DeSantis's New College Coup Will FailRoundup
tags: Florida, higher education, critical race theory, Ron DeSantis, Christopher Rufo
Adam Laats is a professor of education and history at Binghamton University, State University of New York. He is the author Fundamentalist U: Keeping the Faith in American Higher Education (Oxford, 2018), and tweets @AdamLaats.
The history is clear: Conservative colleges can have huge successes, as long as they don’t do what Florida’s governor, Ron DeSantis, is doing right now.
DeSantis has stacked the Board of Trustees at Sarasota’s New College of Florida with conservative celebrities. As Christopher Rufo put it, he plans — as the most famous and disputatious new board member — to form a hostile “landing team” to overthrow the existing progressive campus culture, top to bottom.
There’s plenty of precedent for this kind of thing. In the 1920s, conservatives grew alarmed by what they saw as the wild anti-Americanism sweeping modern campuses. They tried to thwart the changes at both public and private institutions, but the task was not as easy as they imagined. Though they scored some big successes when they observed two fundamental principles, those lessons came at the cost of repeated humiliating failures.
In the public colleges of North Carolina, for instance, conservatives tried to fire progressive faculty members. Albert S. Keister was one of the first. In 1925, Keister was attacked for telling a group of students that the Bible was a form of mythology, and for having “infidel ideas” that questioned white supremacy.
Conservatives thought they could simply fire him because they dominated the state legislature, but Harry W. Chase, the president of the flagship University of North Carolina at Chapel Hill, stymied their efforts. Chase went public, warning the people of North Carolina that such attacks threatened the very existence of high-quality public education in their state. Any “real university,” Chase wrote, needed to guarantee the academic and intellectual freedom of its faculty. In the end, Chase won and Keister kept his job.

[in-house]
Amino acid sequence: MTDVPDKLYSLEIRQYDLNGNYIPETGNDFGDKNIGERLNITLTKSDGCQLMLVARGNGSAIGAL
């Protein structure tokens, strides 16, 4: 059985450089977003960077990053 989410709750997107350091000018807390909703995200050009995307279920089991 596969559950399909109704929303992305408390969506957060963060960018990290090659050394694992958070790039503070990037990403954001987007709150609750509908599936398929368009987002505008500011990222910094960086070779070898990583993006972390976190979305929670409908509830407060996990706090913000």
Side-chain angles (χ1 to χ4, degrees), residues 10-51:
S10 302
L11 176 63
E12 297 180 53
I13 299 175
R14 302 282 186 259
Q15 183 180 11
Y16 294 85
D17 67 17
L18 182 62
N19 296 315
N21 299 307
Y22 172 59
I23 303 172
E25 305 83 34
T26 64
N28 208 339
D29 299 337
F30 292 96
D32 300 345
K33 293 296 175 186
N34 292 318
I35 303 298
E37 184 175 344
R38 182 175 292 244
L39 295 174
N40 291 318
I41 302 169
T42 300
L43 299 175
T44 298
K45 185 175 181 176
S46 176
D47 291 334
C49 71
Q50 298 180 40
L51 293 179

Even private colleges were much harder to transform than conservative pundits had promised. In 1927 a well-known conservative Baptist preacher, T.T. Shields, took over a financially struggling Baptist school, Des Moines University. He swept onto campus promising a top-to-bottom overhaul, a radical transformation that would create a “great Christian school of higher learning.” His first move was to fire all faculty members, forcing them to endure probing one-on-one interviews to get their jobs back. He also attempted to drastically alter campus culture, forbidding female students to engage in public athletics and banning the teaching of evolutionary theory.
It was a disaster. The entire faculties of the science and math departments refused to return. Fans of opposing football teams humiliated the Des Moines squad by chanting “Darwin! Darwin!” Eventually, students rioted against the new administrators, pelting their offices with rotten fruit and driving Shields back out of town.
Those abject conservative failures, however, were not the whole story. Bob Jones University, in South Carolina, and Hillsdale College, in Michigan, are very different from one another, but they both managed to become very successful, very conservative institutions of higher education — in part by learning the lessons of Des Moines and Chapel Hill.
The first challenge for conservative institutions is to prominently promote themselves as something different, something unique — a kind of university experience that mainstream universities could not provide. Bob Jones, for example, was founded in 1926 explicitly as a renunciation of open, mainstream higher education.
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